Saluki baseball older, wiser, winning

Saluki baseball older, wiser, winning

By Thomas Donley, @TDonleyDE

SIU baseball coach Ken Henderson knew during the 2015 season that sending out a lineup comprised mostly of freshmen and sophomores would pay off, even if the 12-46 record was hard for fans to stomach.

Those same players, who won roughly 20 percent of their games last year, have posted a 20-13-1 record so far this year.

“I told everybody last year that we weren’t a bad ball club,” Henderson said. “We had good players, but good players that weren’t ready yet.”


The Salukis had nine players appear in at least 40 games in 2015. Seven of them were freshmen and sophomores. Six of those seven are back with the team. Five of the six returning position players have seen their batting averages increase by at least .033.

Only one Saluki hitter – senior outfielder Parker Osborne – had a slugging percentage better than .370 in 2015. The 2016 Salukis are slugging .371 as a team and have nine players with slugging percentages at least that high.

Henderson said last season allowed the young pups to adjust to the college baseball life, both on and off the field.

He said the biggest improvement for a collegiate baseball player comes between the freshman and sophomore years.

“It’s light-years,” said the sixth-year head coach. “They’ve matured in so many ways. But I think we expected that. I think some of it’s natural. It’s just that time. They’ve spent a year working on one sport for the first time. I think that really shows up when they come back in the fall.”

Henderson credited his players’ improvements to the experience they received last year against Division I opponents and the grind of the four-month season. Physical improvements were attributed to working with strength coach Dash Buntjer to get bigger and stronger.

Junior right fielder Jake Hand, the Salukis’ regular No. 3 hitter, said the culture change for the team began in the fall.


“It’s a much more confident, mature type of feel in the locker room than I’ve experienced since I’ve been here,” he said. “We built up in the fall the way we wanted to come out in spring. We started building that from Day One in the fall, and after time going through the fall with our workouts, we built a culture that we needed to be able to give ourselves a better chance to compete in the conference.”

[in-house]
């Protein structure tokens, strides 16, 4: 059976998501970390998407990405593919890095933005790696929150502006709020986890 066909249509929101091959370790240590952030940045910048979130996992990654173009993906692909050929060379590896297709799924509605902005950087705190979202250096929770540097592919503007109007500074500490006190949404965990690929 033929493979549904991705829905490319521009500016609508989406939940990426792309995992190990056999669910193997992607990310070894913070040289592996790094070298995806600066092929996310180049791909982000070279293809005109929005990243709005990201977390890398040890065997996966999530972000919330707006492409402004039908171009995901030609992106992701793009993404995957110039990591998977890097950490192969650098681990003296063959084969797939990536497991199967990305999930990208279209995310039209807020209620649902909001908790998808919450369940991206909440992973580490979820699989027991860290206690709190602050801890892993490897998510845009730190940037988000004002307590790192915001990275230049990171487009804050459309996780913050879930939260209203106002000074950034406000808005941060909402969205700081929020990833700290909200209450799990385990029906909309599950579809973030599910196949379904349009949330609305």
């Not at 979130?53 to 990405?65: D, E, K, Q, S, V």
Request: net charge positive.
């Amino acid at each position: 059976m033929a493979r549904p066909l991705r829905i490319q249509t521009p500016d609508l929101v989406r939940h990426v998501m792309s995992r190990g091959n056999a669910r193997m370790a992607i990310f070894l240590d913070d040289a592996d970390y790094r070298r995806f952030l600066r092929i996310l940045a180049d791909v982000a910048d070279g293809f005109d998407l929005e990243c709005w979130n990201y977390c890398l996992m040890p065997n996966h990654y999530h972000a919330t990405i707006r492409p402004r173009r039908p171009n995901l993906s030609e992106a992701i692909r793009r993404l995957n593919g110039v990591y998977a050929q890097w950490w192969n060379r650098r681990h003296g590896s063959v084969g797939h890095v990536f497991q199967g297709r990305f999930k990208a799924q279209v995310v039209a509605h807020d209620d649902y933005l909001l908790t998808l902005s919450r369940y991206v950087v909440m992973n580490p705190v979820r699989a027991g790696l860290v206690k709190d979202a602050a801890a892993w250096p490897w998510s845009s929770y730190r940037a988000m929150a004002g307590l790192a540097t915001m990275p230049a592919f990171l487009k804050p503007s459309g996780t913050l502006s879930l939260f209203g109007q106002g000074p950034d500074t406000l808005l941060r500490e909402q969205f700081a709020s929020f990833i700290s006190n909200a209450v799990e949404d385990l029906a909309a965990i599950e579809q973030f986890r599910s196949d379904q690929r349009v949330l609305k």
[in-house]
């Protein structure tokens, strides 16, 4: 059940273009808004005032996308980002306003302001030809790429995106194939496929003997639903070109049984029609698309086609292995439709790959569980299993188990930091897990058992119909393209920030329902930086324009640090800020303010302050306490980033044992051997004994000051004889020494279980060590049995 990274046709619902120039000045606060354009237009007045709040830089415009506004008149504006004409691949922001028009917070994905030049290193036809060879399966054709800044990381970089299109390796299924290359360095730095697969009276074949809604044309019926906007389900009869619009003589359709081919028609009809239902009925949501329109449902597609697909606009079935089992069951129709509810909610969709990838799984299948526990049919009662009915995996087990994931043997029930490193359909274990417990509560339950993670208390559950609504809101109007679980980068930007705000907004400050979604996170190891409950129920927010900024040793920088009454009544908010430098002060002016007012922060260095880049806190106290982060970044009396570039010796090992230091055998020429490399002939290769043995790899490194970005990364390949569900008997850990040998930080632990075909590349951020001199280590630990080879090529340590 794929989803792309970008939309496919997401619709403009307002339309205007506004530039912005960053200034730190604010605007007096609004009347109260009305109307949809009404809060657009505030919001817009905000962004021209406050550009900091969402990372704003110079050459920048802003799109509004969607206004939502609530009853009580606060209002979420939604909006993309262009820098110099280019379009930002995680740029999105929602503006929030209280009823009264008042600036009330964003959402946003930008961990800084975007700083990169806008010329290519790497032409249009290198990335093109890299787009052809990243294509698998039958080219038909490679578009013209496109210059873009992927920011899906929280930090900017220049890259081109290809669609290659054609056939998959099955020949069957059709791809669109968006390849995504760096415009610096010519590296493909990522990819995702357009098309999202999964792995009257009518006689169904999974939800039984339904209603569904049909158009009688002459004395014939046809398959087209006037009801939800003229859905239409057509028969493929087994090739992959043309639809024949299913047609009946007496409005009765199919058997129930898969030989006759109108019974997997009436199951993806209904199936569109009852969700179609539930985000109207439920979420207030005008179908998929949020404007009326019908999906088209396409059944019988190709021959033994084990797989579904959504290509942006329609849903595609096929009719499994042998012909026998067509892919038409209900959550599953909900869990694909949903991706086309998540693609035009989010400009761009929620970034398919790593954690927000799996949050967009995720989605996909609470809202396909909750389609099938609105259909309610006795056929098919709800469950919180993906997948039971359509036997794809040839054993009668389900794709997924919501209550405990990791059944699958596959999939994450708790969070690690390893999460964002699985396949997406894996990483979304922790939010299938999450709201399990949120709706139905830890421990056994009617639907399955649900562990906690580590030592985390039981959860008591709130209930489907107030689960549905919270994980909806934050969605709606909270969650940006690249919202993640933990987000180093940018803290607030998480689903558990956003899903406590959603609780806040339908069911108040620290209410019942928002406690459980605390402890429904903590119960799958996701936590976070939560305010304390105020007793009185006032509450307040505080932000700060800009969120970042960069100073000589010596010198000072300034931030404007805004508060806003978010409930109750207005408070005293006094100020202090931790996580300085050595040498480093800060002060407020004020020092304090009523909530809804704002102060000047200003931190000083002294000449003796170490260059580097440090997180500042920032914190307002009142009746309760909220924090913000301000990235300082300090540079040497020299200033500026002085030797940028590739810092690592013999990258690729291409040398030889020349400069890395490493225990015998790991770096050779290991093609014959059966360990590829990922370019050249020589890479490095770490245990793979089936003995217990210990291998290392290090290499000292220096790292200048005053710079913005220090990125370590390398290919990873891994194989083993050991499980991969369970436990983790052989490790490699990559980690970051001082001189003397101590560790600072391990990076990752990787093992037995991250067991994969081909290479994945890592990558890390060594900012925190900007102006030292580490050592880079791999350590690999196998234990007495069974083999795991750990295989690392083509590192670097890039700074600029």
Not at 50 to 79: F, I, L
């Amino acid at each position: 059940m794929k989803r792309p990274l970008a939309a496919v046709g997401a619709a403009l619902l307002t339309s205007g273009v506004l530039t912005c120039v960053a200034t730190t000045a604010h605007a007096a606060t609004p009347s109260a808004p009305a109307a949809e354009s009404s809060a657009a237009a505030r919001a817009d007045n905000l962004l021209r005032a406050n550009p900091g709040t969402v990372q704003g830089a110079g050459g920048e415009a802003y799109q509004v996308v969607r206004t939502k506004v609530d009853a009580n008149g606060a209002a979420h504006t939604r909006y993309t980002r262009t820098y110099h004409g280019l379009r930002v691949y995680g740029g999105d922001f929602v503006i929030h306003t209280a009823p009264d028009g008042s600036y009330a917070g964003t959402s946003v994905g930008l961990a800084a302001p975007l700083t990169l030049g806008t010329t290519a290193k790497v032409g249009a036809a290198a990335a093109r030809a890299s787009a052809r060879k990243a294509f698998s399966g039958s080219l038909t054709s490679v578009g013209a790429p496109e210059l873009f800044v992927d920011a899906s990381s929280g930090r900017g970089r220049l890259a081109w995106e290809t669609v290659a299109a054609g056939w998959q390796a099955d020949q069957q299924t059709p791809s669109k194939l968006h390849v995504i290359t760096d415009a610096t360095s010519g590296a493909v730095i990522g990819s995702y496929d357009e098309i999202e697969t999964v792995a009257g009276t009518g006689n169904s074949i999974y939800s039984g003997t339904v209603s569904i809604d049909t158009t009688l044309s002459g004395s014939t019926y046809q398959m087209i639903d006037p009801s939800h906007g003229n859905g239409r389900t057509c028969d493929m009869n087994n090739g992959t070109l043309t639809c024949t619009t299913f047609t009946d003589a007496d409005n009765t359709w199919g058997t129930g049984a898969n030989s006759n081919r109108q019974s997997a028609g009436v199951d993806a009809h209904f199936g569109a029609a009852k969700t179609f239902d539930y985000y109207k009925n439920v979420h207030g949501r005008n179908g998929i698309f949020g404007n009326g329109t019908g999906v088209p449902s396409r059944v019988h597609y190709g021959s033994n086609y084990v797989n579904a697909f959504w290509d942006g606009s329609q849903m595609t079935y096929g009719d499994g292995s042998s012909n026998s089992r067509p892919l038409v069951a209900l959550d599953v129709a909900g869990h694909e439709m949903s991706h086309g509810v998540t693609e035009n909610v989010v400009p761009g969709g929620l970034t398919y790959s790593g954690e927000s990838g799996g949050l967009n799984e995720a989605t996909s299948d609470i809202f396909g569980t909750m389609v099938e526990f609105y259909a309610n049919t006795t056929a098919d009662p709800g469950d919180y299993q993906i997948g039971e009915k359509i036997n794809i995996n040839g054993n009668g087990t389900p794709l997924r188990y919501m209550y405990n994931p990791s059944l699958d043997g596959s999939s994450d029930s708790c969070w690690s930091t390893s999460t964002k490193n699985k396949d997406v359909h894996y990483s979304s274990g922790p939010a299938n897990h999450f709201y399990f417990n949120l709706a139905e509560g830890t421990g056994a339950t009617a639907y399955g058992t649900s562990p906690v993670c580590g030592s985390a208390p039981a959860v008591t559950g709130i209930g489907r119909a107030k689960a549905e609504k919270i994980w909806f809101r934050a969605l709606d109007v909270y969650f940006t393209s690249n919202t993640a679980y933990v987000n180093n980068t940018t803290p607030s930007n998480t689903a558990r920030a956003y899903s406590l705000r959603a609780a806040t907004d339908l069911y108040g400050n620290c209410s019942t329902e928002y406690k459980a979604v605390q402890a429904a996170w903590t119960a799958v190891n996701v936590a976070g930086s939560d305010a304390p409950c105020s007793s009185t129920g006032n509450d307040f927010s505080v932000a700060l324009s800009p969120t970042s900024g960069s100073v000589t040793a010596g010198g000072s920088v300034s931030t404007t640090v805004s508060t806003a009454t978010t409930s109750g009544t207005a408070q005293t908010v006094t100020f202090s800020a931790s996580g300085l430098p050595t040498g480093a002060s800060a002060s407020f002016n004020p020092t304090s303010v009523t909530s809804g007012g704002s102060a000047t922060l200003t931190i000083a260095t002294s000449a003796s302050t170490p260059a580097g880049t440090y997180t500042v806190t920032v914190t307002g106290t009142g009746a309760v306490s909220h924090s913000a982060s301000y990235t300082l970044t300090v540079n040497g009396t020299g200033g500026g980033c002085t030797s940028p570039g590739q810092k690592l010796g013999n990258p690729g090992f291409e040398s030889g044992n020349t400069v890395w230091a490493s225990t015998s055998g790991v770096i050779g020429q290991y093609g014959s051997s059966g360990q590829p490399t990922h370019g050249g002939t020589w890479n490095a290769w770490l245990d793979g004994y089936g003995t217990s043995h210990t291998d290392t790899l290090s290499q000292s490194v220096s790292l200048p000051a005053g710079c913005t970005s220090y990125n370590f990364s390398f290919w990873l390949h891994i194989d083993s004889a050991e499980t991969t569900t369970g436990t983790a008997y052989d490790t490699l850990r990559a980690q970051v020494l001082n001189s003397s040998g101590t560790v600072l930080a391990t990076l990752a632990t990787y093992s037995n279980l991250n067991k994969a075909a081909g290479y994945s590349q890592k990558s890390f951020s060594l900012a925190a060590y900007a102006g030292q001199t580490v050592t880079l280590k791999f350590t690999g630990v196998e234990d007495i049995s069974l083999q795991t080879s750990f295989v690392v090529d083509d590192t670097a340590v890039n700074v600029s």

Four key members of the 2016 pitching staff — junior reliever Jacob Williams, sophomore closer Ryan Netemeyer, sophomore starter Michael Baird and junior starter Chad Whitmer — pitched in at least 15 games last season as underclassmen. Those four have shaved an average of 4.58 off their ERAs from last year.

Sophomore first baseman Logan Blackfan, who leads the team with three home runs and 28 RBIs, said winning — and losing — has been contagious for the Dawgs.

“Last year, once we started realizing that we were having a bad year, it was hard to keep a positive mindset,” he said. “You want to be like, ‘Yeah, we can turn this around,’ but it was always kind of negative for us. We couldn’t catch any breaks. This year’s been a lot more fun. Everything came together for us for the most part, and we’re playing a lot better than we did last year. Everybody believes in everybody.”

While SIU has improved leaps and bounds, it still has more progress to make to join the top tier of Missouri Valley Conference baseball. The Salukis started the conference season by dropping two of three games to Indiana State (21-12, 2-1 Missouri Valley Conference). They will get their second taste of conference play this weekend with three games at Dallas Baptist (21-10, 2-0).

“We’re still a young club, but we’re a lot farther along than if we hadn’t stuck them out there as freshmen last year,” Henderson said. “We’ve beaten teams that are a lot more experienced than us because they played last year …  chose to stick them out there, so I think the expectation was a lot better this year. We certainly can get a lot better. We’re going to get a lot better.”

Thomas Donley can be reached at [email protected] or at 618-536-3307.